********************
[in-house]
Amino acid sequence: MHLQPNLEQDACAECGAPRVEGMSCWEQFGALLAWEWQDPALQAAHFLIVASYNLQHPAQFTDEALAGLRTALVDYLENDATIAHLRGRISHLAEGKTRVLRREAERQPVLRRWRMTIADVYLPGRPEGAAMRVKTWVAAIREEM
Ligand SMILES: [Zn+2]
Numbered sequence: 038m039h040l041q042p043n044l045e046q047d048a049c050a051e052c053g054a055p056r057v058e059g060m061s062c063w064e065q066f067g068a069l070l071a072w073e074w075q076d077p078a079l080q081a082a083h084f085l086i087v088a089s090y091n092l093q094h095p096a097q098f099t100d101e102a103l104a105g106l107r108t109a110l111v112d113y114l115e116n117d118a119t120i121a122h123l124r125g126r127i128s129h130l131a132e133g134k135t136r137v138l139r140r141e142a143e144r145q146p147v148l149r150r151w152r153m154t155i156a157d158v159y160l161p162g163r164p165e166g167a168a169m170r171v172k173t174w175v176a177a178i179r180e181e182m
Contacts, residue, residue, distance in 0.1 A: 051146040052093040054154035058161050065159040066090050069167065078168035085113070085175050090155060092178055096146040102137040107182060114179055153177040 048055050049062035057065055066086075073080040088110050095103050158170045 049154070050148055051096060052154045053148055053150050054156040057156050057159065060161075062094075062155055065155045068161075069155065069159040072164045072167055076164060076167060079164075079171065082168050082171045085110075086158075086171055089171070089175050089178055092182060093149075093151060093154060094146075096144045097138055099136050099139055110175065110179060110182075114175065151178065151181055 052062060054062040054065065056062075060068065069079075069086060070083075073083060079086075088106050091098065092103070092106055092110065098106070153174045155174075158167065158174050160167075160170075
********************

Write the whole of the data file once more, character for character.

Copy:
[in-house]
Amino acid sequence: MHLQPNLEQDACAECGAPRVEGMSCWEQFGALLAWEWQDPALQAAHFLIVASYNLQHPAQFTDEALAGLRTALVDYLENDATIAHLRGRISHLAEGKTRVLRREAERQPVLRRWRMTIADVYLPGRPEGAAMRVKTWVAAIREEM
Ligand SMILES: [Zn+2]
Numbered sequence: 038m039h040l041q042p043n044l045e046q047d048a049c050a051e052c053g054a055p056r057v058e059g060m061s062c063w064e065q066f067g068a069l070l071a072w073e074w075q076d077p078a079l080q081a082a083h084f085l086i087v088a089s090y091n092l093q094h095p096a097q098f099t100d101e102a103l104a105g106l107r108t109a110l111v112d113y114l115e116n117d118a119t120i121a122h123l124r125g126r127i128s129h130l131a132e133g134k135t136r137v138l139r140r141e142a143e144r145q146p147v148l149r150r151w152r153m154t155i156a157d158v159y160l161p162g163r164p165e166g167a168a169m170r171v172k173t174w175v176a177a178i179r180e181e182m
Contacts, residue, residue, distance in 0.1 A: 051146040052093040054154035058161050065159040066090050069167065078168035085113070085175050090155060092178055096146040102137040107182060114179055153177040 048055050049062035057065055066086075073080040088110050095103050158170045 049154070050148055051096060052154045053148055053150050054156040057156050057159065060161075062094075062155055065155045068161075069155065069159040072164045072167055076164060076167060079164075079171065082168050082171045085110075086158075086171055089171070089175050089178055092182060093149075093151060093154060094146075096144045097138055099136050099139055110175065110179060110182075114175065151178065151181055 052062060054062040054065065056062075060068065069079075069086060070083075073083060079086075088106050091098065092103070092106055092110065098106070153174045155174075158167065158174050160167075160170075